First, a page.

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The Biggest Lessons I learned From My First Job's

When I got my first job, I was super excited about the independence I would gain from making my own money. I learned a lot at my first couple of jobs, not all the lessons were fun to go through. In the long run, they made me a better person, and I’m happy I started working at a young age. A strong work ethic was taught to me at a very young age by my family so unlike most people my age I was reasonably ready for work, but you can never be too, and some people took advantage of me having little experience or took advantage of my age. Getting into the workforce has its ups and down, and there are a lot of things I’ve learned in the last 4 years because of it.




How to Budget

After getting my first job, all I wanted to do was spend all my money and after a few months of doing this and buying little immediate gratification items like coffees and treats I started feeling like I was working for nothing. I started picking small things to save up for like a nice pair of shoes or a car for when I turned 16. After I changed my way of spending I started to enjoy work a lot, If I went to work for 7 hours then was X dollar amount away from achieving my goal instead of just going to work to make some money. After I saved up and bought something nice for myself, I got almost addicted to the feeling of having nice things and work was really rewarding this way.


How to Negotiate Pay and Hours

I learned this lesson the shitty way, my employer took advantage of the fact I was uncomfortable with saying no and she knew that. So every time someone else didn’t show up for work guess you got called? Me. I worked 4 doubles a week plus any other shifts I covered in the week. Which isn’t okay and you should be able to tell your boss when you are over-scheduled, or it’s interfering with the rest of your life. I was scared that if I spoke up about what I needed, I wouldn’t get the shifts I wanted or would be put on shifts with fewer tips. When you walk into an interview be upfront with what you are and are not willing to do. If you are okay with being completely flexible, that’s awesome tell them that, but If you can not work certain days tell them that from the start so in a couple of months you don’t hate your boss. Pay is always a little uncomfortable to talk about for most people. Totally forget that the reason you need a job is for the money, ask them how much the position pays and if you aren’t comfortable working for the amount said to tell them that. Sorry, I actually can’t work for that much could we work something else out? Is a perfectly fine thing to say to someone don’t be afraid to speak up for yourself and what you need.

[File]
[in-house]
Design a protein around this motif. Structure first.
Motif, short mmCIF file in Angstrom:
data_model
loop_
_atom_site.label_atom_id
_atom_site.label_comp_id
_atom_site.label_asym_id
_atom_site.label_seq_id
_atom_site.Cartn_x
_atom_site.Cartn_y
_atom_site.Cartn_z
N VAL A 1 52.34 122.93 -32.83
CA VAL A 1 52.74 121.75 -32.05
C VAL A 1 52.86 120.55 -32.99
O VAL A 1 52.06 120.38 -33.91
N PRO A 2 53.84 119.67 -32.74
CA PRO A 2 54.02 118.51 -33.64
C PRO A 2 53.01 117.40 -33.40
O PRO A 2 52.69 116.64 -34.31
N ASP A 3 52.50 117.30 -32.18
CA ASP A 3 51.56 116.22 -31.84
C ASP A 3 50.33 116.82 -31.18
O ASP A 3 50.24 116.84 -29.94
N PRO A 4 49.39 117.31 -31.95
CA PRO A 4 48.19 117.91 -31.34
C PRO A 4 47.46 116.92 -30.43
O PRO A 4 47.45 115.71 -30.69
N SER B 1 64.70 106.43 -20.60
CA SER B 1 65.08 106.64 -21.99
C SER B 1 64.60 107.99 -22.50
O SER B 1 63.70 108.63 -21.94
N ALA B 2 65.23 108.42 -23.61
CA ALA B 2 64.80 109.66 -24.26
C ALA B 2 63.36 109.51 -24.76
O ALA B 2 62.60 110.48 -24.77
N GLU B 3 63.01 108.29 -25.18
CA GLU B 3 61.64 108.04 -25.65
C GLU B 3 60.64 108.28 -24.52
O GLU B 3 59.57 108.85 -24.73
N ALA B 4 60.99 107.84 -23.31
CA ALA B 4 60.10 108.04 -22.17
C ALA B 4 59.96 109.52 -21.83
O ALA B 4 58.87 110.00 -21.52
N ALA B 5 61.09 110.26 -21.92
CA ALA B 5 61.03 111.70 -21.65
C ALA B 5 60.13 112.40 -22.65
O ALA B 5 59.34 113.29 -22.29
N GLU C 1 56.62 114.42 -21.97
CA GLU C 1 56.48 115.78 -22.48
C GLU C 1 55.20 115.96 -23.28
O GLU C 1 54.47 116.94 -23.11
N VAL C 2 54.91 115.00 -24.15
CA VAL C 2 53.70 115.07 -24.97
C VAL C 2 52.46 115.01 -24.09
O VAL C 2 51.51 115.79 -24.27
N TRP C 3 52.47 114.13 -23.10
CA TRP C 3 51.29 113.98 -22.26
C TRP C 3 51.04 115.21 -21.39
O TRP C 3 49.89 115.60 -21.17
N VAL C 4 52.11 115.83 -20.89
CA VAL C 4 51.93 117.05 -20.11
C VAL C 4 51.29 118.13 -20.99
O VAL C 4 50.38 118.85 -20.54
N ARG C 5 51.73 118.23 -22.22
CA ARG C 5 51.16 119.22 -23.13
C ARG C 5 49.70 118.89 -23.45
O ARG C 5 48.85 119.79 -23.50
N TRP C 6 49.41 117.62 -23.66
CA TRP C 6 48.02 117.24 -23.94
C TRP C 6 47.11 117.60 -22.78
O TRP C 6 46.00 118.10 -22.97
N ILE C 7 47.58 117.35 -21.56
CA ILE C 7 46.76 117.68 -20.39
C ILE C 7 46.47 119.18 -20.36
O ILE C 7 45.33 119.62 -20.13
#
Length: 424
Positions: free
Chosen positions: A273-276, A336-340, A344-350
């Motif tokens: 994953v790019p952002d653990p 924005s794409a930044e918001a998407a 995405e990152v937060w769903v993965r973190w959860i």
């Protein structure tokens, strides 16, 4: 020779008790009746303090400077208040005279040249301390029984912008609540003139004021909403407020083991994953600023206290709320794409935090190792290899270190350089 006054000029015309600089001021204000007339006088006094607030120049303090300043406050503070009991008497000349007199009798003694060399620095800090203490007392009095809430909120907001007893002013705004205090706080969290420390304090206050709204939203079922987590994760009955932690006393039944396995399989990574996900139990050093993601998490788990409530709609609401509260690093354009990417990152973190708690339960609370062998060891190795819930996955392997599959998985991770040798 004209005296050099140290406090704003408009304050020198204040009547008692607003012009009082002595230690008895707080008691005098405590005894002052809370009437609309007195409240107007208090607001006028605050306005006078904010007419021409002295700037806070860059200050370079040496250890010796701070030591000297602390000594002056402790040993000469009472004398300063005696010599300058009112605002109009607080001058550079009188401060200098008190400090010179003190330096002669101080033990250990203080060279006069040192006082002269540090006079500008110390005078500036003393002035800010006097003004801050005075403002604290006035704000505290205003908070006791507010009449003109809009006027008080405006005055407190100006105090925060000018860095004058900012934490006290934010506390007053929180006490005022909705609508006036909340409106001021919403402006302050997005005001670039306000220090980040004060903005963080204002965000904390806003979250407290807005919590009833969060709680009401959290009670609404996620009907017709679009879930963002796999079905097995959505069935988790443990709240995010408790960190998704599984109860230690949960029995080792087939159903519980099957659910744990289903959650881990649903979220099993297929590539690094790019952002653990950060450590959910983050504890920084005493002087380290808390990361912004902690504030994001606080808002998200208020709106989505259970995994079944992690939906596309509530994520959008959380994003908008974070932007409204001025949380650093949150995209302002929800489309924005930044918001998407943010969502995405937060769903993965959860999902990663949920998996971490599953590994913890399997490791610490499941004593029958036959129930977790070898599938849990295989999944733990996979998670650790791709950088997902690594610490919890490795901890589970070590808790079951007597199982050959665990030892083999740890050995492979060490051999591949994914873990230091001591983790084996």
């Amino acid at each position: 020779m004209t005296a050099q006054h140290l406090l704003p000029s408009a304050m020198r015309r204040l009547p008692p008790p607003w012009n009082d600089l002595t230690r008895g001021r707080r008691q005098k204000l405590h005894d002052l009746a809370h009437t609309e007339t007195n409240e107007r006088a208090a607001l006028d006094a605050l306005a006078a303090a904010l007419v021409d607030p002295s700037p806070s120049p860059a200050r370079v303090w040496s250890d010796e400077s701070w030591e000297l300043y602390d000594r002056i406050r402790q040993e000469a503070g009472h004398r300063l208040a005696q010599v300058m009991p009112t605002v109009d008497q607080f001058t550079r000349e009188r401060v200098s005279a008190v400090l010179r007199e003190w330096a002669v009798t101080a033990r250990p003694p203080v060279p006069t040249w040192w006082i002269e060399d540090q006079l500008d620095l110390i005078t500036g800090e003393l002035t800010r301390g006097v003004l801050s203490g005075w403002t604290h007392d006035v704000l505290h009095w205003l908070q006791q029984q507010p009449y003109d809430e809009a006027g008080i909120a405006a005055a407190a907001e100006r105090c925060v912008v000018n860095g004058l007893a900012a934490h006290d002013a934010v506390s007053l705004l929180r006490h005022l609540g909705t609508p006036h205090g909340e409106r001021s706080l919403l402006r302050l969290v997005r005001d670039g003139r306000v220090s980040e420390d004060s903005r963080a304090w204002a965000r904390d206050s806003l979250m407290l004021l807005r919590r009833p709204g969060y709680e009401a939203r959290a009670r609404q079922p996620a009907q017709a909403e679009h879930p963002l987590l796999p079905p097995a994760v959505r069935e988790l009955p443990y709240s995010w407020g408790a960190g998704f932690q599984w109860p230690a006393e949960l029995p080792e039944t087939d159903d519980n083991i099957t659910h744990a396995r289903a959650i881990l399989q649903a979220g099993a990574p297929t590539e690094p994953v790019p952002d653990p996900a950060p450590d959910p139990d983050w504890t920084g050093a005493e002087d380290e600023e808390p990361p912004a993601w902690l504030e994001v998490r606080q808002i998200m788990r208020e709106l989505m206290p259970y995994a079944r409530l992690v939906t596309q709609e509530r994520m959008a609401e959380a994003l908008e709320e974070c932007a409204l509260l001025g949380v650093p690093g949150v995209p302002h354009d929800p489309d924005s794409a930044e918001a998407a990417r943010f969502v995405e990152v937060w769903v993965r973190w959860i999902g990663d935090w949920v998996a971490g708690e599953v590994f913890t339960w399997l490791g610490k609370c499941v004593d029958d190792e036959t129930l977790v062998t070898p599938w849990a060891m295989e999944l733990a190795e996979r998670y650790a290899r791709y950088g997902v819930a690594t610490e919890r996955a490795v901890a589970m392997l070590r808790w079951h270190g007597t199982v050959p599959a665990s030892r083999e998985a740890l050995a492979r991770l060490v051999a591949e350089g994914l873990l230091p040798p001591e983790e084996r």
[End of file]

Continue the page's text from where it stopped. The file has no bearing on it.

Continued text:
How to stick to a Schedule

When you are in high school, there’s a schedule that rarely changes with work you now have a schedule you get to have some say in, but with that freedom, a lot more responsibility comes with it. If you don’t show up to work someone has to stay longer or come in for you and your ruin there day. If you have a hard time remembering things write it down everywhere in your room on your phone, set reminders even. Do what you need to do to stay on that schedule and get used to the new groove of going to work. Not only do you have to get there on time think of how long it takes to get there and how early you will have to wake up take everything into consideration when telling your boss what shifts you can work.


To Think Ahead

When I first started working a lot of my friends weren’t and so hanging out with them became a little bit harder. My friends would call me and ask if I wanted to hang out and I would sometimes forget that I needed to be at work at a particular time, so the window they wanted to hang out was really awkward for me. So, in turn, I had to start thinking ahead a lot more and thinking everything out way ahead of time to help me stay organized.



Customer Service & Work Place Dynamics

One of the biggest lessons I learned from working is how to talk to people professionally, it helps a lot when you start meeting the parents btw. When you first start working it’s usually one of the first times you start trying to figure out how to carry yourself in social situations. My general rules when I first start a job is to cut my personality by half, no swearing, and keep conversations light until I know what is and isn’t okay for your coworkers. After I started working social gatherings began getting more comfortable for me to navigate because I have had so much practice doing it at work and how to call upset people down. Watch how your superiors interact with the other people and customers and notice the things you would do differently and thinks you should put in your own social toolbox.


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